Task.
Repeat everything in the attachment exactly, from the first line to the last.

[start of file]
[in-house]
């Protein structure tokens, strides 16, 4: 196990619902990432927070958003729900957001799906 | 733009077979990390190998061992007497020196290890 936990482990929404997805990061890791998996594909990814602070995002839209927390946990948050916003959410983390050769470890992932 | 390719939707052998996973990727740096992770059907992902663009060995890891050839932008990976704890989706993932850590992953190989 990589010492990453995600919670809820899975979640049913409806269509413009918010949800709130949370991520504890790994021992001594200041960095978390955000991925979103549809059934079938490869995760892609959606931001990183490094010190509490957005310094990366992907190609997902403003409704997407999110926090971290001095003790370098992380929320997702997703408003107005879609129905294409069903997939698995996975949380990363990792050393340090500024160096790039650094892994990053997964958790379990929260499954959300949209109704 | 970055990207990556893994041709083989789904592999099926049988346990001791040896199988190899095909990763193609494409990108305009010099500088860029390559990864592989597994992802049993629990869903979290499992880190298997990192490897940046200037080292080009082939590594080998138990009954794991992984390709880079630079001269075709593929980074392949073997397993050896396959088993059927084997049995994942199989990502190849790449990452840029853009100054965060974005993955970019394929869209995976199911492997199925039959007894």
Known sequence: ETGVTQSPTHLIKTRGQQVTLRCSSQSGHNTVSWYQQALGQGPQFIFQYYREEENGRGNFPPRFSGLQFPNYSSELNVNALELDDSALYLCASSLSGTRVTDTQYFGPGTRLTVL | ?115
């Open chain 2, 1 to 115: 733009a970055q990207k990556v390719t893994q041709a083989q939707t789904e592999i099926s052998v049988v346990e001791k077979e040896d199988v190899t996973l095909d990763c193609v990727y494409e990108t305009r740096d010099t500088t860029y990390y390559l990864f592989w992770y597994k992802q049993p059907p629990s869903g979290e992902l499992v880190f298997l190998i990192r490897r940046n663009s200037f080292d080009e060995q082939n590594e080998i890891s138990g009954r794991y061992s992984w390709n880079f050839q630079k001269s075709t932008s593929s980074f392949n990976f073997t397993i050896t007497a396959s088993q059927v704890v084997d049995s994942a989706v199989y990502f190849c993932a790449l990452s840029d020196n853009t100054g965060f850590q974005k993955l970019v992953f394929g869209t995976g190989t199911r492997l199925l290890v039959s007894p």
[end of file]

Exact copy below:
[in-house]
């Protein structure tokens, strides 16, 4: 196990619902990432927070958003729900957001799906 | 733009077979990390190998061992007497020196290890 936990482990929404997805990061890791998996594909990814602070995002839209927390946990948050916003959410983390050769470890992932 | 390719939707052998996973990727740096992770059907992902663009060995890891050839932008990976704890989706993932850590992953190989 990589010492990453995600919670809820899975979640049913409806269509413009918010949800709130949370991520504890790994021992001594200041960095978390955000991925979103549809059934079938490869995760892609959606931001990183490094010190509490957005310094990366992907190609997902403003409704997407999110926090971290001095003790370098992380929320997702997703408003107005879609129905294409069903997939698995996975949380990363990792050393340090500024160096790039650094892994990053997964958790379990929260499954959300949209109704 | 970055990207990556893994041709083989789904592999099926049988346990001791040896199988190899095909990763193609494409990108305009010099500088860029390559990864592989597994992802049993629990869903979290499992880190298997990192490897940046200037080292080009082939590594080998138990009954794991992984390709880079630079001269075709593929980074392949073997397993050896396959088993059927084997049995994942199989990502190849790449990452840029853009100054965060974005993955970019394929869209995976199911492997199925039959007894």
Known sequence: ETGVTQSPTHLIKTRGQQVTLRCSSQSGHNTVSWYQQALGQGPQFIFQYYREEENGRGNFPPRFSGLQFPNYSSELNVNALELDDSALYLCASSLSGTRVTDTQYFGPGTRLTVL | ?115
């Open chain 2, 1 to 115: 733009a970055q990207k990556v390719t893994q041709a083989q939707t789904e592999i099926s052998v049988v346990e001791k077979e040896d199988v190899t996973l095909d990763c193609v990727y494409e990108t305009r740096d010099t500088t860029y990390y390559l990864f592989w992770y597994k992802q049993p059907p629990s869903g979290e992902l499992v880190f298997l190998i990192r490897r940046n663009s200037f080292d080009e060995q082939n590594e080998i890891s138990g009954r794991y061992s992984w390709n880079f050839q630079k001269s075709t932008s593929s980074f392949n990976f073997t397993i050896t007497a396959s088993q059927v704890v084997d049995s994942a989706v199989y990502f190849c993932a790449l990452s840029d020196n853009t100054g965060f850590q974005k993955l970019v992953f394929g869209t995976g190989t199911r492997l199925l290890v039959s007894p």